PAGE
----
Insight for the Myopic

July 10, 2009
Ashly Knapp & Jean Swenson

Financially speaking, Honda's new Insight is a success and breakthrough. Now, you can buy an import automakers’ hybrid for below $20,000.

Financially speaking, Honda's new Insight is a success and breakthrough. Now, you can buy an import automakers’ hybrid for below $20,000. Breakthrough pricing combined with an average of over 40 miles per gallon puts this family car within the reach of millions. Honda’s completely redesigned 2010 Insight has just gone on sale in North America.

First sold in Asia, the new Insight became the number one selling car in Japan last month. In 1999, the original gasoline-electric Insight was the first modern hybrid to go on sale. With the overall cost of operation dropping to historical lows, you'll be able to invest your money elsewhere for better return. So, liquidate the Land Bruiser and junk the Jeep in a timely fashion to minimize your carbon footprint and income evaporation.

Downsize Up

The Insight is loaded with luxuries and conveniences that make going up-market by downsizing a lot more enjoyable. The new Insight is 172.3 inches long and 66.7 inches wide—that's about 5 inches shorter and 2 inches narrower than the Honda Civic. The new Insight at 2,727 lbs is a four-door hatchback with fold down rear seats. Size and body style make this a better city car than the Civic.

More so than usual, the function of this car has dictated its design. The nose and windshield are steeply raked, making the whole style clean to the wind. As you might imagine, Honda has done a great deal to manage the airflow underneath the car, which is really turbulent as well as around the mirrors and wheels. Noise is kept to a minimum with the windswept styling. The aerodynamics have a meaningful payoff above 30 miles an hour.

Purposeful Efficiency

Honda has succeeded in developing a distinct hybrid style that looks like and fits in well with the whole Honda family of cars. All lighting has to be super efficient, particularly all high-powered exterior illumination. Some of the reflecting surfaces in the long curved headlight are tinted blue for style, with extensive use of LEDs. For price and energy considerations, fog lights are not available from the factory.

The four doors are large, making ingress and egress easier, aided by the tall 56.2-inch roof. The fifth door is massive and well counter weighted. Bicycles and the like are easy to load using the fold down rear seats.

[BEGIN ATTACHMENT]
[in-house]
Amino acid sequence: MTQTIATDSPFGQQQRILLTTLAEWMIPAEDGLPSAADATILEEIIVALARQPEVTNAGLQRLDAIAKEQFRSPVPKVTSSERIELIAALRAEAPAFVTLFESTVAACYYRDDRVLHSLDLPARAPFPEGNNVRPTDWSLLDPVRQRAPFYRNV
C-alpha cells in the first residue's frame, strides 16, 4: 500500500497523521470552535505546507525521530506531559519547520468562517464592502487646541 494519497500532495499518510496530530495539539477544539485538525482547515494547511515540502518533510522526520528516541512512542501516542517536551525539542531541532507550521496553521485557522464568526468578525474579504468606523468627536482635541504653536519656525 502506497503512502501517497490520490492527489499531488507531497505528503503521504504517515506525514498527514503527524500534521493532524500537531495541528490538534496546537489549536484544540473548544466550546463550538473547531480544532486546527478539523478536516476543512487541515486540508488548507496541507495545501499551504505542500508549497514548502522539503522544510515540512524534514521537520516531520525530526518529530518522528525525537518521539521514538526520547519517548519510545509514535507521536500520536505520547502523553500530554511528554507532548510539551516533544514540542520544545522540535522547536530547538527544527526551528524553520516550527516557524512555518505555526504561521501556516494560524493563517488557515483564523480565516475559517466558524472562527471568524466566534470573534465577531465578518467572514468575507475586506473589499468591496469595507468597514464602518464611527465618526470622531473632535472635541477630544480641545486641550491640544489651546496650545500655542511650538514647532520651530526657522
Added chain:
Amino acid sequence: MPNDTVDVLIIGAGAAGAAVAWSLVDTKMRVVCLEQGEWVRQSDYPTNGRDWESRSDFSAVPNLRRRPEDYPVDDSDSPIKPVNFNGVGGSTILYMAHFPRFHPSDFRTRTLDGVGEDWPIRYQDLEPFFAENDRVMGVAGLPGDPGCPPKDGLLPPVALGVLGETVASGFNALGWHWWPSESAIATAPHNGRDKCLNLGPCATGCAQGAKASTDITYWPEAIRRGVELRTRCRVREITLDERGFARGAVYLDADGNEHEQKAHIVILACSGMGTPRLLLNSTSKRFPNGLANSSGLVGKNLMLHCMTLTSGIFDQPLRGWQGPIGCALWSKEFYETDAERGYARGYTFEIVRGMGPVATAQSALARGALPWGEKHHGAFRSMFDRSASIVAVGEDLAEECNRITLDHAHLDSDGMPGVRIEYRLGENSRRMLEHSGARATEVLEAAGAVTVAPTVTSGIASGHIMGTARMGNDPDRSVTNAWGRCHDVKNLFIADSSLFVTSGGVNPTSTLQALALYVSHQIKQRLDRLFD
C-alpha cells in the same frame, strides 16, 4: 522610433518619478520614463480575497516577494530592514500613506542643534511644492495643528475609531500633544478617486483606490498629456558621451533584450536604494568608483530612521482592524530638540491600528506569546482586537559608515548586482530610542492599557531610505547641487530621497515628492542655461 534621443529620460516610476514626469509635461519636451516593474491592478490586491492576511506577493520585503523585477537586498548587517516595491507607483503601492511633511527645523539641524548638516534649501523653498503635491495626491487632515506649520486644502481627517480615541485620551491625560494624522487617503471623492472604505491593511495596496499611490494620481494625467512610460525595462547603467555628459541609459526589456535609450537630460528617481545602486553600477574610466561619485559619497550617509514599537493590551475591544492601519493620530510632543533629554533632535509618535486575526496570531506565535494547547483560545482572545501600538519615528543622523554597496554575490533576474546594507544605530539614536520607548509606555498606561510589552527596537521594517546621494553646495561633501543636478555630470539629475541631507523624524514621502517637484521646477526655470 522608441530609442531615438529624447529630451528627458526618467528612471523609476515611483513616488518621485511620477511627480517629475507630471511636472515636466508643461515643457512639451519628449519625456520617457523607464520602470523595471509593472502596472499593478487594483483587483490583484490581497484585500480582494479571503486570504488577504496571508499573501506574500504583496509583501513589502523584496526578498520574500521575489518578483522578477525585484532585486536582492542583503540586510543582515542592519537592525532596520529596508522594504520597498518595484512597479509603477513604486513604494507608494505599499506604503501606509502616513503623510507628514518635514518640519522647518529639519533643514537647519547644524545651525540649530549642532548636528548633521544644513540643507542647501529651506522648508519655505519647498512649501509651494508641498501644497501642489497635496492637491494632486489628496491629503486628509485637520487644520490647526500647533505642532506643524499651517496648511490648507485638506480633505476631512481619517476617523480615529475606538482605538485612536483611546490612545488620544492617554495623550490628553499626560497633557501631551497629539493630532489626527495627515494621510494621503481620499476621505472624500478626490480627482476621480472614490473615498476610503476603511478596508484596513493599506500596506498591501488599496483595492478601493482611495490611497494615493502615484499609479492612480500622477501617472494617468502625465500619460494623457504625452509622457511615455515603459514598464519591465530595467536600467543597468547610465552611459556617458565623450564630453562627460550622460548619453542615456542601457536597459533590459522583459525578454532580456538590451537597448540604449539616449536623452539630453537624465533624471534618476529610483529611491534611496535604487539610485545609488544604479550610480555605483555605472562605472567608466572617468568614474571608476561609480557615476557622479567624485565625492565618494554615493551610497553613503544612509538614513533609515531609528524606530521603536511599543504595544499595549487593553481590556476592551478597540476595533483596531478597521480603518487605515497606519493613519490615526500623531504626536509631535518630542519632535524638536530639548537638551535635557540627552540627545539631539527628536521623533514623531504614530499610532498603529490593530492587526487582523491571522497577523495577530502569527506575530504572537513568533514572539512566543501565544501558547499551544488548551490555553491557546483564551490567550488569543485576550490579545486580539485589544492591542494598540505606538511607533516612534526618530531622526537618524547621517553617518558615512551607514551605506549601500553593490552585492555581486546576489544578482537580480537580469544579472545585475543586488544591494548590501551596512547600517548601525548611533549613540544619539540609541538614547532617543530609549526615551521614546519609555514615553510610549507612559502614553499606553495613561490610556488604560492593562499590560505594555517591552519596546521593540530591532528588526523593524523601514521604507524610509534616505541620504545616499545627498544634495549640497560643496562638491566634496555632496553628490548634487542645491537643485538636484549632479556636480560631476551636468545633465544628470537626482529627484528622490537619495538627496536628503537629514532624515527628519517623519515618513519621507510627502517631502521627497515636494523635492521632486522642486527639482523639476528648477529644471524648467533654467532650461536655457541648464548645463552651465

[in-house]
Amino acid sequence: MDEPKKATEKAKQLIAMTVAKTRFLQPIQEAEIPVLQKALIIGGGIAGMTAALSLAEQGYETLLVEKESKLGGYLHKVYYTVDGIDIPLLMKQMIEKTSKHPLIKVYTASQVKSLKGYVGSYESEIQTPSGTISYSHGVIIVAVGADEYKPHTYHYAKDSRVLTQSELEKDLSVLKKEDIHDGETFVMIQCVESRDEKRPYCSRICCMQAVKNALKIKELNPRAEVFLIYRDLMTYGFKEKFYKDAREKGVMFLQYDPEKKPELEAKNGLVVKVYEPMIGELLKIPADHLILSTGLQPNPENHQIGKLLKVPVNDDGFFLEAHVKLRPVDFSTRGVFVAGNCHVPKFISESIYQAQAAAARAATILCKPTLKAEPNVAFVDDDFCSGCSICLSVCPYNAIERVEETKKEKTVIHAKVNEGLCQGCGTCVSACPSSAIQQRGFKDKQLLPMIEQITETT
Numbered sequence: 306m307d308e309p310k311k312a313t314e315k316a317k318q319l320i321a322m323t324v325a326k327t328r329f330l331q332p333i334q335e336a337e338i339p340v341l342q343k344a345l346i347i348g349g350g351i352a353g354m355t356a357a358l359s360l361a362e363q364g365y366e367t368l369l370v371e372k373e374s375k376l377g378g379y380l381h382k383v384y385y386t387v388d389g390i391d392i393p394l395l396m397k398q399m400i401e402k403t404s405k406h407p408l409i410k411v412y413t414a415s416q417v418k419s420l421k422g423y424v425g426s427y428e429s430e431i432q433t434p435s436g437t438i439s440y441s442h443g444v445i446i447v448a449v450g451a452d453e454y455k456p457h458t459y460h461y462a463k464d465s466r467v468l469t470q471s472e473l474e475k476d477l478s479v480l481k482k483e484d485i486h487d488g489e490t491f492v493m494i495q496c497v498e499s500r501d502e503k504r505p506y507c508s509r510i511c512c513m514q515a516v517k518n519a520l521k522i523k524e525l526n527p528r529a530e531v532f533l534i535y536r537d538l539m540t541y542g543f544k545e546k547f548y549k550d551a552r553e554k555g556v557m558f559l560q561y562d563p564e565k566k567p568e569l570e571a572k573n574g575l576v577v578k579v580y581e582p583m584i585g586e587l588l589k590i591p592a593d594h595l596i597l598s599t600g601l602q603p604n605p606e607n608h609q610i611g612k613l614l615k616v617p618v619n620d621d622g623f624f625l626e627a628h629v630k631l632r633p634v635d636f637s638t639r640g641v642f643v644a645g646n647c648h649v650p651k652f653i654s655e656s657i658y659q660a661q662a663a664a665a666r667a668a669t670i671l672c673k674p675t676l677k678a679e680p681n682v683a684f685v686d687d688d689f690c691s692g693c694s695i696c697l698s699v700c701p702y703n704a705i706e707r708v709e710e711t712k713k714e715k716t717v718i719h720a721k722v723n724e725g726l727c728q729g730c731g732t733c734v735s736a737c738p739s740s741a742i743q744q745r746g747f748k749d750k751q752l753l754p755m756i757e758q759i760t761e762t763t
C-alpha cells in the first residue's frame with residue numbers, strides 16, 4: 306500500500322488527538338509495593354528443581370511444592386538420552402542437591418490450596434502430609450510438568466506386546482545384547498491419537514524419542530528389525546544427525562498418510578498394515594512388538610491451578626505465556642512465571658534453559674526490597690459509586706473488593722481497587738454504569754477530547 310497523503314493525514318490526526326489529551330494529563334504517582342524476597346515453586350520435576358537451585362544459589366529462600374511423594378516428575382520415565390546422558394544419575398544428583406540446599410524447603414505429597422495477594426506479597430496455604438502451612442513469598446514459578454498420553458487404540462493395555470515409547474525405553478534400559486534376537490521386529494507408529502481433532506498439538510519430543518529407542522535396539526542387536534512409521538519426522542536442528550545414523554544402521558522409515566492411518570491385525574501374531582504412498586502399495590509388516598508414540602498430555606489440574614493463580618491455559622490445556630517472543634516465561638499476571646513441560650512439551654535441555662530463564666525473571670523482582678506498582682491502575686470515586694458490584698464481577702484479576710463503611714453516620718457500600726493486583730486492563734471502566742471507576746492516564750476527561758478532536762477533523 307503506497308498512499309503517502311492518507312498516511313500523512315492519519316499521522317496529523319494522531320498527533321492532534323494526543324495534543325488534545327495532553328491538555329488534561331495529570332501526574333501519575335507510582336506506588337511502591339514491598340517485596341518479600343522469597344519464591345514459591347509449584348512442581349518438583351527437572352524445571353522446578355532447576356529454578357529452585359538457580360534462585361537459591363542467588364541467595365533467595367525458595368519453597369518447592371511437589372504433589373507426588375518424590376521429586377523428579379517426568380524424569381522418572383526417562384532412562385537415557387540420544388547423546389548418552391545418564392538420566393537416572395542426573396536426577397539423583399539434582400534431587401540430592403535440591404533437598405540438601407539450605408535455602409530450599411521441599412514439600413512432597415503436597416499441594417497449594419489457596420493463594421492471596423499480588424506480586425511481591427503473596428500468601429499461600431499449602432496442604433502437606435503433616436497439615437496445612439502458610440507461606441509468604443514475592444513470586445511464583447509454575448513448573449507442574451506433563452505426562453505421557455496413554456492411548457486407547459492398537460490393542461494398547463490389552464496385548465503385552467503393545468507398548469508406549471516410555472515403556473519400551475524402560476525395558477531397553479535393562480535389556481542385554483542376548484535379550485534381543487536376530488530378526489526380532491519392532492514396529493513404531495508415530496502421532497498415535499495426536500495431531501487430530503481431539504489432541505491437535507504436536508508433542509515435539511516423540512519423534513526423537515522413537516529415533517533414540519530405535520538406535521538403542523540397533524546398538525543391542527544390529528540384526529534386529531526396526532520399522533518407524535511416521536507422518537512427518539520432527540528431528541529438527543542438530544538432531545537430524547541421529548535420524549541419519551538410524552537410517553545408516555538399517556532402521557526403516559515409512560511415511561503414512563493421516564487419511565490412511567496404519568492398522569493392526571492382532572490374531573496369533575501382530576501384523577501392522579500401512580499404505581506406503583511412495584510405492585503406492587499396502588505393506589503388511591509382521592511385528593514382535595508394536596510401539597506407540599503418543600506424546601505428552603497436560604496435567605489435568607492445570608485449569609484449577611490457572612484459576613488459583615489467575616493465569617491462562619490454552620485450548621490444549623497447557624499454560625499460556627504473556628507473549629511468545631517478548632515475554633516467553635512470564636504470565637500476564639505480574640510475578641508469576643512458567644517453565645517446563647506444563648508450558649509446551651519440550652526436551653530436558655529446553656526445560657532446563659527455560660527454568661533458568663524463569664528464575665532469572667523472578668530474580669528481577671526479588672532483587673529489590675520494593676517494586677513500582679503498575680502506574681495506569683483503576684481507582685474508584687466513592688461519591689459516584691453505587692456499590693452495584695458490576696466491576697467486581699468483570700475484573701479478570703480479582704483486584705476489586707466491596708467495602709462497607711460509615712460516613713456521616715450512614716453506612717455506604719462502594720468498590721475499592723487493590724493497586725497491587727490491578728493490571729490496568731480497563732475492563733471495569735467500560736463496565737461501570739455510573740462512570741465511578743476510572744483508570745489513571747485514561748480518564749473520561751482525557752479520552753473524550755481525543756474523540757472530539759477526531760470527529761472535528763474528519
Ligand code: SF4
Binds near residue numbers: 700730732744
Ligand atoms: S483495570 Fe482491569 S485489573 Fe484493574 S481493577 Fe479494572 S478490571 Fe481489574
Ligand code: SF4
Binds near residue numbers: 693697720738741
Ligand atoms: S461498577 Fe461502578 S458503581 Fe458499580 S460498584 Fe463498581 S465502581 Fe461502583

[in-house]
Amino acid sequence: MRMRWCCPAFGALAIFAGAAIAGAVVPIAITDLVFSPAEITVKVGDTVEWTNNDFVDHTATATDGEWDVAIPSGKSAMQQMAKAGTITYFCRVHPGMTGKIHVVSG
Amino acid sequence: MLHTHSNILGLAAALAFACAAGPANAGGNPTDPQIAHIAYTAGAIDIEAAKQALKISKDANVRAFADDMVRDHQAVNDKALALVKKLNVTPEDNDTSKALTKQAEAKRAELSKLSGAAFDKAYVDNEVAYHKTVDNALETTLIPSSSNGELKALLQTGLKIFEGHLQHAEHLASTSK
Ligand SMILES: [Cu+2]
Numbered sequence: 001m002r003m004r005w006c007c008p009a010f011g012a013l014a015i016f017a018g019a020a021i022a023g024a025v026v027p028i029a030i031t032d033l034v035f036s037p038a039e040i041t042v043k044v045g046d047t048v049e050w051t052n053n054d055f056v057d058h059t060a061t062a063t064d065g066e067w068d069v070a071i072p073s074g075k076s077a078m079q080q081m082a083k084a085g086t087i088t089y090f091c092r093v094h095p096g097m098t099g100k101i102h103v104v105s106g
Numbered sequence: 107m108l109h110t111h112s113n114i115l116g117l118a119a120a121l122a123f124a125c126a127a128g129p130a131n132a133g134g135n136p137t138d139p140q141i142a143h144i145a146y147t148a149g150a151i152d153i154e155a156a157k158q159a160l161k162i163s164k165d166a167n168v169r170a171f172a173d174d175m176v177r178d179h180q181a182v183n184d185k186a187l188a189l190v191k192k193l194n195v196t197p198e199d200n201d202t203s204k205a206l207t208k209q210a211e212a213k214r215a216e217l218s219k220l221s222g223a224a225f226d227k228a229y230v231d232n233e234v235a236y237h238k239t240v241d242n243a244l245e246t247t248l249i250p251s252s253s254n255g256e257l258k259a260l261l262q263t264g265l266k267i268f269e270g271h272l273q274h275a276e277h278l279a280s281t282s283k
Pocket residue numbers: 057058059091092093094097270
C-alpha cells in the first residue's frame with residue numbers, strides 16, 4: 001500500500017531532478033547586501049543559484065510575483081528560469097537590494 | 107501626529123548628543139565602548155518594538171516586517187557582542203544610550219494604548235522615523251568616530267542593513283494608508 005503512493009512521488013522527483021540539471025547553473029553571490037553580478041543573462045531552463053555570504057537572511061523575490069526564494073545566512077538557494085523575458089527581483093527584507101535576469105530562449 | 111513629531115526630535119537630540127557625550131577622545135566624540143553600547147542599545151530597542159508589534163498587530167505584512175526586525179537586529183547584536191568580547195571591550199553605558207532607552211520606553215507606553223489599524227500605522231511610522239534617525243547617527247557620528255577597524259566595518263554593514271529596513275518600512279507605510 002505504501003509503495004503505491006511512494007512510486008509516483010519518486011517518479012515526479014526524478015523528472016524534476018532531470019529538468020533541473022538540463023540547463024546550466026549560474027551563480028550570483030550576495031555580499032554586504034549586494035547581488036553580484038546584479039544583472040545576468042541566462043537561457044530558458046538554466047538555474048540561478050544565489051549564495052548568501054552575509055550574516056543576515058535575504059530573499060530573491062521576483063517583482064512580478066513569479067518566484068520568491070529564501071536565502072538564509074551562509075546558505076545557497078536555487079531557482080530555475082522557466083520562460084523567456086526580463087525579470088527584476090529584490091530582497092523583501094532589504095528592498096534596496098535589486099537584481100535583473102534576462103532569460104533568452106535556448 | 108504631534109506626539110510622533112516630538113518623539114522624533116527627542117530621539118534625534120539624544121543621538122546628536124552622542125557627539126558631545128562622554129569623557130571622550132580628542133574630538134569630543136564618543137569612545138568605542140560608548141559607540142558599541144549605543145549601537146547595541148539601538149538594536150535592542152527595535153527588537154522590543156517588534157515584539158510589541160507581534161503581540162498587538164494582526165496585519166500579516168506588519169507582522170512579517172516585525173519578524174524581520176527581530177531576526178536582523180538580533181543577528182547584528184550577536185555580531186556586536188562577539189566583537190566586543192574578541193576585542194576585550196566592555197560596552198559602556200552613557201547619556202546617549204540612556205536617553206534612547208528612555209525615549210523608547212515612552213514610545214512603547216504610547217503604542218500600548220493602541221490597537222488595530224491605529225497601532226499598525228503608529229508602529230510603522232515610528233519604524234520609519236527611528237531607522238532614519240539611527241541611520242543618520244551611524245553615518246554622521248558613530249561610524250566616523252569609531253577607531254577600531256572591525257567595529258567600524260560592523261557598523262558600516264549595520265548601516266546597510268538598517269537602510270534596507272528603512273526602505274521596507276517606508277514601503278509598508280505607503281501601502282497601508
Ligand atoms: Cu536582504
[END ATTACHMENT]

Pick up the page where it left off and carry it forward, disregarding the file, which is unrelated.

Honda’s Unique Engine

Honda's hybrid is quite unique with the only electric motor/generator placed inside of the engine. The axle of the electric motor/generator is the engine’s crankshaft. This puzzle is difficult to imagine, yet is brilliantly executed. Honda is the only automaker that has two power plants built within one casing. Most bus, truck, and auto builders put their electric drive motors in the transmission housing.

Traditionally, automakers have had a very tough time engaging and disengaging the separate hybrid drive system built into transmissions. We drove Toyota’s Camry and Prius hybrids back-to-back against Honda's Insight. In Toyota’s hybrids, you could feel all sorts of engagement and disengagement of the engine, electric drive, and transmission attempting to play a smooth symphony. Integrated Motor Assist (IMA) is what Honda calls their dual power plant; its start and idle is so smooth, it's reminiscent of Jaguar’s V12 engine.

This substantially aluminum alloy four-cylinder, in-line engine is only 1339 cc in volume and puts out 98 hp at 5800 rpm to the front wheels. Oddly, peak torque of 123 lb-ft is reached before 1700 rpm, a unique benefit of IMA and great for city driving. This small, four-cylinder engine only has a single overhead camshaft with two valves per cylinder. At high RPM’s when all the power is needed, Honda’s i-VTEC opens the engine valves more for horsepower, quickly. We would like to see direct injection and variable valve timing on a smaller engine putting out the same power. The electric motor creates about 13 hp.

No Gears CVT